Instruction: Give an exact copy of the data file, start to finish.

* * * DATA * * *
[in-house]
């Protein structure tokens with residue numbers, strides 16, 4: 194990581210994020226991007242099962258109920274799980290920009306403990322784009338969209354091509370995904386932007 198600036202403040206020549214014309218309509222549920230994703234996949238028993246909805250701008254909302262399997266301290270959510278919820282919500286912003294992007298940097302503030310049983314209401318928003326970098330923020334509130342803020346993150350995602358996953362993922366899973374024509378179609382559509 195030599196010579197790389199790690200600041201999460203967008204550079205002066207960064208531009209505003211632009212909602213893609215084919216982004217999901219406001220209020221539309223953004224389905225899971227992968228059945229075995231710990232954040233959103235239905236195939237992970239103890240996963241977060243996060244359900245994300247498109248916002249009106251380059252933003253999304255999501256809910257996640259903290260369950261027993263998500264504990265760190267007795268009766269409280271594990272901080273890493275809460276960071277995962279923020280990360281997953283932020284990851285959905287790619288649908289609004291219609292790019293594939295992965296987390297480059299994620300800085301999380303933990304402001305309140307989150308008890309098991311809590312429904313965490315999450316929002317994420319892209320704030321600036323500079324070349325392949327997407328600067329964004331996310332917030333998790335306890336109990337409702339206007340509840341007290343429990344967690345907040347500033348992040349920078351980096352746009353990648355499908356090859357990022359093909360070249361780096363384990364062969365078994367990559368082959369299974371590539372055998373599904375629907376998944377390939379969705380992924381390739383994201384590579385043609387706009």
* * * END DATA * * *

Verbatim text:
[in-house]
């Protein structure tokens with residue numbers, strides 16, 4: 194990581210994020226991007242099962258109920274799980290920009306403990322784009338969209354091509370995904386932007 198600036202403040206020549214014309218309509222549920230994703234996949238028993246909805250701008254909302262399997266301290270959510278919820282919500286912003294992007298940097302503030310049983314209401318928003326970098330923020334509130342803020346993150350995602358996953362993922366899973374024509378179609382559509 195030599196010579197790389199790690200600041201999460203967008204550079205002066207960064208531009209505003211632009212909602213893609215084919216982004217999901219406001220209020221539309223953004224389905225899971227992968228059945229075995231710990232954040233959103235239905236195939237992970239103890240996963241977060243996060244359900245994300247498109248916002249009106251380059252933003253999304255999501256809910257996640259903290260369950261027993263998500264504990265760190267007795268009766269409280271594990272901080273890493275809460276960071277995962279923020280990360281997953283932020284990851285959905287790619288649908289609004291219609292790019293594939295992965296987390297480059299994620300800085301999380303933990304402001305309140307989150308008890309098991311809590312429904313965490315999450316929002317994420319892209320704030321600036323500079324070349325392949327997407328600067329964004331996310332917030333998790335306890336109990337409702339206007340509840341007290343429990344967690345907040347500033348992040349920078351980096352746009353990648355499908356090859357990022359093909360070249361780096363384990364062969365078994367990559368082959369299974371590539372055998373599904375629907376998944377390939379969705380992924381390739383994201384590579385043609387706009």